This is no way to operate. If the case against Saddam Hussein were strong enough on its merits, the United States would not have to buy the support of the international community. If the world truly believes that Saddam Hussein poses an imminent threat, then let the world say so clearly. But do not taint that decision, do not taint the possible sacrifice of American soldiers, sailors, and airmen, by prying open the door to war with a blank check from the taxpayers.
If war is undertaken without UN sanction or broad international support, the United States taxpayer can expect to pay the costs of the war for decades and pay the interest costs for decades more.
And that's to say nothing about the larger macroeconomic costs to the economy. The economic ripples of a war could spread beyond direct budgetary costs into international energy markets through higher oil prices. The psychological effects of a war in Iraq, especially if it initiates new terrorist attacks around the globe, could further scare the already jittery financial markets and rattle consumers.
If the war goes badly, either through heavier than expected causalities, protracted bloody urban warfare, massive foreign denunciations, chemical and biological warfare, or major terrorist attacks here and abroad, we may be plunging our economy into unfathomable debt which this nation cannot easily sustain.
But even if one discounts these scenarios as unlikely, and sets them all aside, the potential costs of a limited war in Iraq could continue to pile up for years, depending on the total damage to Iraq, the civilian casualties, and the possibility that the war's effects could spread into other countries.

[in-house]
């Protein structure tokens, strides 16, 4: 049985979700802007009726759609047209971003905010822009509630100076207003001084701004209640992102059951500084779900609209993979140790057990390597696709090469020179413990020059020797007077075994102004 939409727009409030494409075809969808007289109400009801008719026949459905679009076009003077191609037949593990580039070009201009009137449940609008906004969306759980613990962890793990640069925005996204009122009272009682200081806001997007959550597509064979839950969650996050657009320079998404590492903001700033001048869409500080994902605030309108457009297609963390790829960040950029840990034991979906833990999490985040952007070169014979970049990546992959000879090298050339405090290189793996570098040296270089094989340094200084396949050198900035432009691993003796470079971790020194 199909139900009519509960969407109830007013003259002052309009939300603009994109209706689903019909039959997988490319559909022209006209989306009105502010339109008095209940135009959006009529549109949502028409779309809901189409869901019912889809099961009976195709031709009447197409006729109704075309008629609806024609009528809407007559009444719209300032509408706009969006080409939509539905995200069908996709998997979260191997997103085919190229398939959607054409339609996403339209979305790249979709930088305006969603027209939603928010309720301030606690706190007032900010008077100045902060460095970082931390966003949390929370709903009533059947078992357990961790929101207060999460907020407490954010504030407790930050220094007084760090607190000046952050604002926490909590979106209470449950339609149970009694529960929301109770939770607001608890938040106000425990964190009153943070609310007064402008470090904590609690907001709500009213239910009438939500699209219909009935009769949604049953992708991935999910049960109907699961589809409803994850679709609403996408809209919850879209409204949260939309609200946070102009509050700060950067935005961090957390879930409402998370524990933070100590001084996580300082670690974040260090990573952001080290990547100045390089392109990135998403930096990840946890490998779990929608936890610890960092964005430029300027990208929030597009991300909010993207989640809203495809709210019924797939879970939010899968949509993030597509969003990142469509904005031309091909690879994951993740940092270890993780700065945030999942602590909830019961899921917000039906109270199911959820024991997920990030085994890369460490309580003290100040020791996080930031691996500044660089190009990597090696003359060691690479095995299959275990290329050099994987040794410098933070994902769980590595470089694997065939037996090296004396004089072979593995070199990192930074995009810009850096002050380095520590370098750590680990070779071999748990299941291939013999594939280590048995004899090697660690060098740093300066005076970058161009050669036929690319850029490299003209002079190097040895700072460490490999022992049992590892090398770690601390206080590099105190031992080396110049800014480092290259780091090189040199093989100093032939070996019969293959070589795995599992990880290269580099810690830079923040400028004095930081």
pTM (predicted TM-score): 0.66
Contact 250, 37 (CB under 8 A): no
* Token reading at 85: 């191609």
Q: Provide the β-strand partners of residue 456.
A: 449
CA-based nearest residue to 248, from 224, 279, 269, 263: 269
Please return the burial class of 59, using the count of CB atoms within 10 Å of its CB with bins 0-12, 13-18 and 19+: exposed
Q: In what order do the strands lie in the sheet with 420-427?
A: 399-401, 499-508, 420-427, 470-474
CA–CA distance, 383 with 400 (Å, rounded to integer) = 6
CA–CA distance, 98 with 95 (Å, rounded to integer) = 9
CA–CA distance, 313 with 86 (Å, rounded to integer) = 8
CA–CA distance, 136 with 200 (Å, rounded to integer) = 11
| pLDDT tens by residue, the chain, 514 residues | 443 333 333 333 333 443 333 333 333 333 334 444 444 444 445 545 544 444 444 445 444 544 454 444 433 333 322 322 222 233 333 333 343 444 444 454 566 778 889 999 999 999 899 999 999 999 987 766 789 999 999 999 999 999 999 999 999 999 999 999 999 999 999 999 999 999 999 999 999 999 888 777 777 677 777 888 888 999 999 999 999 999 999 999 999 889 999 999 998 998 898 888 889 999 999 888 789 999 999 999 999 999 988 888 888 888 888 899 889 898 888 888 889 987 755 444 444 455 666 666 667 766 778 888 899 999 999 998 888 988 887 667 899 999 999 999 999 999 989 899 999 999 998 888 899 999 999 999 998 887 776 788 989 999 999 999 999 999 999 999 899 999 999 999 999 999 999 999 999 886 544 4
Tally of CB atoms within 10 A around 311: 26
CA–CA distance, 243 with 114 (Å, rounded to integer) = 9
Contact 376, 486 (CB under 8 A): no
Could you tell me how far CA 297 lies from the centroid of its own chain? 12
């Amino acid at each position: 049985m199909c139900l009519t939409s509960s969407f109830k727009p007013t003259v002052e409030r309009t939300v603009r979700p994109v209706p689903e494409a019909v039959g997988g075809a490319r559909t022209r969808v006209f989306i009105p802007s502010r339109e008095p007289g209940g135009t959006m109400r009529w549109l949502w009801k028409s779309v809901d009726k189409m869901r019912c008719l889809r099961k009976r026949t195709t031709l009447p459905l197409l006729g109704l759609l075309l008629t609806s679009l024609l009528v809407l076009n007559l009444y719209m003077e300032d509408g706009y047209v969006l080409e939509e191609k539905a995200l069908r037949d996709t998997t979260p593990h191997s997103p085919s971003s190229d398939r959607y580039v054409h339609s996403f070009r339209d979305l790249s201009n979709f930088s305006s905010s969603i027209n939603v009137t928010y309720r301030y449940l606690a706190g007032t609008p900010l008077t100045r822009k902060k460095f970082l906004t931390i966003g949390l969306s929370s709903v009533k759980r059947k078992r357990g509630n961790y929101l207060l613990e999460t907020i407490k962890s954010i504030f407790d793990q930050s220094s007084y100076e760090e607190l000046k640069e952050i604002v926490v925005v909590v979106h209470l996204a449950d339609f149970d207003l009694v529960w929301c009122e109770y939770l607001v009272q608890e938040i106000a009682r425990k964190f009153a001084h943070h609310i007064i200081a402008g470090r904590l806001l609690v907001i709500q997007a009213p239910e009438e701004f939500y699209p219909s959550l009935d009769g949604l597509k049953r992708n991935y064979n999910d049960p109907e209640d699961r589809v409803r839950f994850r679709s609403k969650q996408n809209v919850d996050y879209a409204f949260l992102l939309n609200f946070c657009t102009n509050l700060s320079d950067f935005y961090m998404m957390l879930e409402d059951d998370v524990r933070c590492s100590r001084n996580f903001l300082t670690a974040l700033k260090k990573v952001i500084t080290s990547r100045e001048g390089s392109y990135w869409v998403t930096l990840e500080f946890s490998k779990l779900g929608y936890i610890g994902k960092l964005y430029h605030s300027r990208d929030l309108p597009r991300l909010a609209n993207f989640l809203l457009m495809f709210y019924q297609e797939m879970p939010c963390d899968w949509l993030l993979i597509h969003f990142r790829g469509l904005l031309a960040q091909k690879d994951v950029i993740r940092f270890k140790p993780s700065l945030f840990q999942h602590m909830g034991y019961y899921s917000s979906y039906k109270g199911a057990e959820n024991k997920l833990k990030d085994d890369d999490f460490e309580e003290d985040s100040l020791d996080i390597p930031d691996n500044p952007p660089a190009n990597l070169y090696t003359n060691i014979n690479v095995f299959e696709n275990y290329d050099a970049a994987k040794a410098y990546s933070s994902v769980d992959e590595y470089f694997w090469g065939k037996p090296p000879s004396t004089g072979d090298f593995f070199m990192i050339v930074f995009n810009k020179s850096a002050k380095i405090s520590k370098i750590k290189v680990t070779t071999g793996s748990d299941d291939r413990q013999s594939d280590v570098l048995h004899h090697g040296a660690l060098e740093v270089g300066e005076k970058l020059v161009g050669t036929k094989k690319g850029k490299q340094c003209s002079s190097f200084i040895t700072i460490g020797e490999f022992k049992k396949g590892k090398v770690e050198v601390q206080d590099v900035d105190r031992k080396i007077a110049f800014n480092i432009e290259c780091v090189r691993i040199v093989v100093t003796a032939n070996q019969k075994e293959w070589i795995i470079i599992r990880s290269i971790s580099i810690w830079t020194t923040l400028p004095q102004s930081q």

This is a dangerous and damaging game the Administration is playing with the American public. Glossing over the cost of a war with Iraq may make it easier to win short-term support. But without any serious attention to costs, the American people cannot be engaged in a fulsome public discussion about the eventual wisdom of undertaking this war. Public support cannot be sustained to accomplish our post-war goals in Iraq if the nation has been misled about the duration and difficulty of such a conflict. We cannot treat the citizens of this nation as if they are children who must be fed a fairy tale about fighting a glorious war of "liberation" which will be cheap, short and bloodless. If the President is going to force this nation to engage in this unwise, potentially disastrous, and alarmingly expensive commitment, he must lay out all of the costs and risks to the nation.